“We have had a law in place for many years but it has been unclear and has not been used in many contexts,” the minister told Sveriges Television (SVT).
In an effort to address the issue, Ask has handed draft legislation to the Legislative Council for review that would seek to simplify and clarify what constitutes bribery and corruption.
Among other things, the new bill will make it possible to punish Swedish companies that have used unscrupulous agents and bribery in international business dealings.
The proposed bill also includes tightening up the criminal code governing gifts, rewards and other benefits in industry.
Traders will now be able to design and follow a code that regulates the rewards and benefits which can be deemed acceptable within business circles.
The proposal also widens the circle of people that can be convicted for offering or accepting bribes.
In addition, the new bill includes language covering attempts to bribe volunteer officials at athletic competitions, whereby an athlete could be convicted even if the person accepting the bribe isn’t actually employed.
As a result, tennis and golf professionals who tried to bribe officials could be convicted of a crime, according to the new bill.
Another new rule allows for one’s close acquaintances to be convicted for accepting bribes given with the understanding that recipients would attempt to influence the behaviour of people close to them.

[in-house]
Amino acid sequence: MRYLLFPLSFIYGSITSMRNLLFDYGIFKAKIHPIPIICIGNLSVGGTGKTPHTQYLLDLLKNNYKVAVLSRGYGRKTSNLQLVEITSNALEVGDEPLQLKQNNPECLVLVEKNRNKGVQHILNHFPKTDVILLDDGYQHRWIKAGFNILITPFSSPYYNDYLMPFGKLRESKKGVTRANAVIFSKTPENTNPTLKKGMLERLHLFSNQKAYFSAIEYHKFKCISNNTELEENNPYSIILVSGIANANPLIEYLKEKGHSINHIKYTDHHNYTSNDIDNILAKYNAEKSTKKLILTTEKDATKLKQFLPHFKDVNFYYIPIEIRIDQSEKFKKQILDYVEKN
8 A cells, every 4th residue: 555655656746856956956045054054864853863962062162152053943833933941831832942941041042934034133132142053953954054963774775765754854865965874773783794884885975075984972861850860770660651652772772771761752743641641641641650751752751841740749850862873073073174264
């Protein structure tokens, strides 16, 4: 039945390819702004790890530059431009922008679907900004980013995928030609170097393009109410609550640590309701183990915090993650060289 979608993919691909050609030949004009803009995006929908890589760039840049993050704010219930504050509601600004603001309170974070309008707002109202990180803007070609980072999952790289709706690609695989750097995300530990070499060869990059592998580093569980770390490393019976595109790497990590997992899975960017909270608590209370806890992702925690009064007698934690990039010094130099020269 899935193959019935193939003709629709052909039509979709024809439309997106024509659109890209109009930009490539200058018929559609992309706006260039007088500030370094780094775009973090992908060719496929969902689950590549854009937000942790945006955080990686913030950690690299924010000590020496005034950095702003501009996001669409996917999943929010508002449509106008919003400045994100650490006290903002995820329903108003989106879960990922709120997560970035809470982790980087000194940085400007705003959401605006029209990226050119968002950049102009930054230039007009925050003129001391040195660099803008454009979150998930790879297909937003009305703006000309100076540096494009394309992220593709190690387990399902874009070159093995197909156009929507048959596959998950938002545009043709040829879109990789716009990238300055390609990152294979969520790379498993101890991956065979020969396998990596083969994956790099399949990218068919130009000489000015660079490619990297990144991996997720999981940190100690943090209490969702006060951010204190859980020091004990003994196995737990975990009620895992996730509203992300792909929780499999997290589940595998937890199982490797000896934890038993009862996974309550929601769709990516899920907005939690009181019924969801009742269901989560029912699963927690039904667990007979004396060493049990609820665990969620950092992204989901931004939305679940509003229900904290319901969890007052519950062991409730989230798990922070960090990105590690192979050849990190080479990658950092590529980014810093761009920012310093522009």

Current legislation regulating bribes dates from 1977 and has been criticized for being too complicated.
“It’s been unclear. Now it will be more clear as to which people can be convicted,” Ask told the TT news agency.
The most practical consequence of the new law is the widening of the circle of people that can be convicted of bribery.
Currently, bribery investigations often languish over time spent determining whether or not someone suspected of bribery can actually be charged with a crime.
One of the most high profile cases, which inadvertently paved the way for the new bill, was a housing scandal in Gothenburg in 2011.
Olle Lundgren, the former head of municipal housing company Poseidon, allegedly received 24 tonnes of free bricks with an estimated market value of at least 85,000 kronor ($13,500) from contractor Weinerberger.
The Gothenburg corruption scandal also involved the municipal housing firm Familjebostäder and the city’s sports and clubs division, as well as the relationship between construction magnate Stefan Allbäck and municipal officials.
A string of subsequent cases have also sharpened calls for better legislation.